There’s no battery shortage for the Hyundai IONIQ Electric

There’s no battery shortage for the Hyundai IONIQ Electric
Hyundai IONIQ Electric simple and efficient powertrain

Earlier this month, I wrote an article about the Hyundai IONIQ Electric production increase where I mentioned that at the same time Business Korea was reporting that the Hyundai IONIQ production was being held up by battery shortage. I also mentioned why I found it hard to believe…

Now Jim Trainor, Director of Communications at Hyundai Motor America confirmed to Green Car Reports what I suspected:

“We’ve seen nothing to indicate any shortage, I don’t know how that started; [Hyundai in Korea] can’t find anything to support it. We’re working to get more Hybrids and Electrics as both are proving quite popular.”


However, while there is no battery shortage, it’s true that is takes time for LG Chem to adjust production to Hyundai’s revised needs. Especially because the battery cell manufacturing process is complex and its ageing phase takes 2 to 4 weeks. Feel free to take a look at the interesting slide below (starting at page 19), if you want to learn more about the battery cell manufacturing process (its phases and how long it takes).



With that being said, getting more battery cells than what was initial agreed with LG Chem might take as long as one month, however this is not a catastrophic event as we might thought from reading the news about a battery shortage. In fact, this is great news, since ordering more battery cells can give Hyundai the advantage of negotiating a better deal (lower kWh price) with LG Chem.


To finalize, I think it won’t take much longer for Hyundai to revise its production goals for the Hyundai IONIQ Electric again. Even the latest production goal of 4.000 monthly units seems small for a great electric car that is sold worldwide.


What do you think? Will the production of 4.000 monthly units of the world’s most efficient car be enough to fulfill demand? Are you waiting for yours?



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3 years ago

I doubt 4,000 per month is enough…
But to increase production quickly is not easy even if LG could give them unlimited batteries…
There 1,000s and 1,000s of parts comimg from different places inwhich all need increased production and what if one part has a limited capacity due to the supliers other contracts…
Who knows but I think there is a much larger market for the taking if the will is there…
The will to make EVs is probably the real restraint…

3 years ago

My car has gone from 12 weeks delivery until over 6 months, that’s assuming it’s not delayed further.
So, what’s the real reason?

Jonas Jovial
3 years ago
Reply to  Blue497

Easy..they have zero interest in selling EVs

3 years ago
Reply to  Jonas Jovial

While it’s true that their interest in electric cars is small now, it’s also true that automakers – like any other company – love to get good reviews of their products, and no other Hyundai car is getting as much praise as the IONIQ Electric. It’s hard not to like the most efficient car in the world that is also one of the safest.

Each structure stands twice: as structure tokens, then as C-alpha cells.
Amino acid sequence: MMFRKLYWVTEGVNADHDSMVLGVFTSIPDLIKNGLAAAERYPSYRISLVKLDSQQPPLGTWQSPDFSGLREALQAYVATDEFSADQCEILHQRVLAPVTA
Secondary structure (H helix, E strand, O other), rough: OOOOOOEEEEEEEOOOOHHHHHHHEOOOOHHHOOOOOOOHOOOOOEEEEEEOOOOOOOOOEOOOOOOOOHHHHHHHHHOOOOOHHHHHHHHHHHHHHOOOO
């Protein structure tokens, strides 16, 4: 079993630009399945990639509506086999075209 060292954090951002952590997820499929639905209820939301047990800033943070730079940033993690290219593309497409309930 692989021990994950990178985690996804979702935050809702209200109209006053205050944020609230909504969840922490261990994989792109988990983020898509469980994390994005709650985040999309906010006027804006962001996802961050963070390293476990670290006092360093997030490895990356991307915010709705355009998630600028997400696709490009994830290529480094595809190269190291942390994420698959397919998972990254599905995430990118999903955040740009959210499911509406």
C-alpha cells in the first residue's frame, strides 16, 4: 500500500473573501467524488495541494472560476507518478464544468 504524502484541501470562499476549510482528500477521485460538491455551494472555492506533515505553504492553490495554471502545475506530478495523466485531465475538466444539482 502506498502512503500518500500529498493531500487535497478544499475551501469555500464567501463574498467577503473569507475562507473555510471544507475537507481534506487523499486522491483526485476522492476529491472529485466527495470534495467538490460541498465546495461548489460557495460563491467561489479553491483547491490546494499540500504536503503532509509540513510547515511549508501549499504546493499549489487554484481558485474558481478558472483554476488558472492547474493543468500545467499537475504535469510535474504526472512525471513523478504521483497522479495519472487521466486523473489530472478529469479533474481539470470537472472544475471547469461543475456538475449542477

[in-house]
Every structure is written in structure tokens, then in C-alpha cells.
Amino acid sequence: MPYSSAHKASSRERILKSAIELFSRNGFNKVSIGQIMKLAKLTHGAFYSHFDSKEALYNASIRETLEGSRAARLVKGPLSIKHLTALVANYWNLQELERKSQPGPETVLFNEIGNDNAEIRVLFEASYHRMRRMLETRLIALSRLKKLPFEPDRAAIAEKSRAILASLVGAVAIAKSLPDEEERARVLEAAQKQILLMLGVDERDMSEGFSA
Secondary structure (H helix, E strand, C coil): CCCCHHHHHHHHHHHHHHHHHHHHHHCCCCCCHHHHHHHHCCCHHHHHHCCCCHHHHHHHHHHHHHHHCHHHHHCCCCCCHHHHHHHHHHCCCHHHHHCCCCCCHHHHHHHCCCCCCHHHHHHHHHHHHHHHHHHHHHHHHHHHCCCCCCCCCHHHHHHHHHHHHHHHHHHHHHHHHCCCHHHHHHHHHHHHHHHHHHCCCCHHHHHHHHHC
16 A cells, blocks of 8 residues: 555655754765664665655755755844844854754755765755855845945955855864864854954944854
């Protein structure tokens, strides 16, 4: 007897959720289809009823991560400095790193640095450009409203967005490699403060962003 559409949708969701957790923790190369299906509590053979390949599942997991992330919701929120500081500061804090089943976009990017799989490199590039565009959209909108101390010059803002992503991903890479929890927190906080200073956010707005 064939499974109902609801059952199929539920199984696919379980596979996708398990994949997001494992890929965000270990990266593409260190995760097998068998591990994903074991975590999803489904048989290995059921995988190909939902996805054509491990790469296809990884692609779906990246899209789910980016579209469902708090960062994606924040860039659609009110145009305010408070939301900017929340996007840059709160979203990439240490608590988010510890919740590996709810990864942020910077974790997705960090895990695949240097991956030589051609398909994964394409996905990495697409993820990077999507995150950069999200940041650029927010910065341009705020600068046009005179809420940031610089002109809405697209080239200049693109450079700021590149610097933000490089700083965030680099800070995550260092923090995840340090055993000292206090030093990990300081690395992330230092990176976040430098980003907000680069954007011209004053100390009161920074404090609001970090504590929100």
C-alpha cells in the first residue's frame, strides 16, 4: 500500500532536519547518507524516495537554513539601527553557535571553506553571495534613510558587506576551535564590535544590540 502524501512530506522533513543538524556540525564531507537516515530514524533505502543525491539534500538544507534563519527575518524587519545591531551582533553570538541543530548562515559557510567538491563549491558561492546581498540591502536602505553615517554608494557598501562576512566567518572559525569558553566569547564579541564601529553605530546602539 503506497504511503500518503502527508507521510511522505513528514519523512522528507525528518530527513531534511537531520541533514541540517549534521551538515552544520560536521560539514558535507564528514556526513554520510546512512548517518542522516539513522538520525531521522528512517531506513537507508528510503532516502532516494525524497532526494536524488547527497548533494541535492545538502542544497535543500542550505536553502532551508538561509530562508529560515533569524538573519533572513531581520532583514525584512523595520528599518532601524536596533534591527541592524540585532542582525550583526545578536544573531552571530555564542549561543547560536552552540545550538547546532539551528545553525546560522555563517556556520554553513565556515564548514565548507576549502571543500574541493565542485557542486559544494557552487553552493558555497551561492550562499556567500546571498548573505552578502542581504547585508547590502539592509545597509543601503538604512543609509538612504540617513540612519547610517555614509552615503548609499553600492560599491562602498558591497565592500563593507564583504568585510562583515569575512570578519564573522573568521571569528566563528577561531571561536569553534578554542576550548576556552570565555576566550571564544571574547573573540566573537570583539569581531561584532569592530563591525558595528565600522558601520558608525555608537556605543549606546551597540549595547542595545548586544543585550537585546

They’ll definitely start increasing production at a much faster rate as soon as they realize that the IONIQ Electric helps the whole brand by its positive halo effect.

“The halo effect is a term used in marketing to explain the bias shown by customers toward certain products because of a favorable experience with other products made by the same manufacturer or maker.”

The Toyota Prius had a similar positive halo effect for Toyota, which is now known for making very reliable cars (hybrids or not) because of it.

Volkswagen, on the other hand is dealing with negative halo effect, because of their diesel models, the whole brand is now seen as not trust worthy, greedy and a danger for the Environment. This automaker, more than any other really needs a good and affordable electric car that becomes popular and have a positive halo effect. I guess they are completely unaware of Marketing basics to know this obvious thing and keep fighting EVs instead of embracing them.

Luca Riffer
3 years ago

If Hyundai launched the PHEV Ioniq in North America right now, they would sell >4,000/month of this model alone . . huge pent-up demand for PHEV’s which allow an urban family to own just one car . . all-electric driving around town, plus a range of >500km for business or family trips further afield. Yes, it is duplicative in a PHEV to lug both batteries AND ICE around all the time, but don’t forget the extra weight of batteries needed to extend range from PHEV’s 50km (10 kWh) to EV’s 500km (70 kWh) is considerable . . I prefer the balanced mix a PHEV offers.

3 years ago

This car will dissapear in the dust of insignificant EVs like the Kia SOul EV, they have no interest in selling it.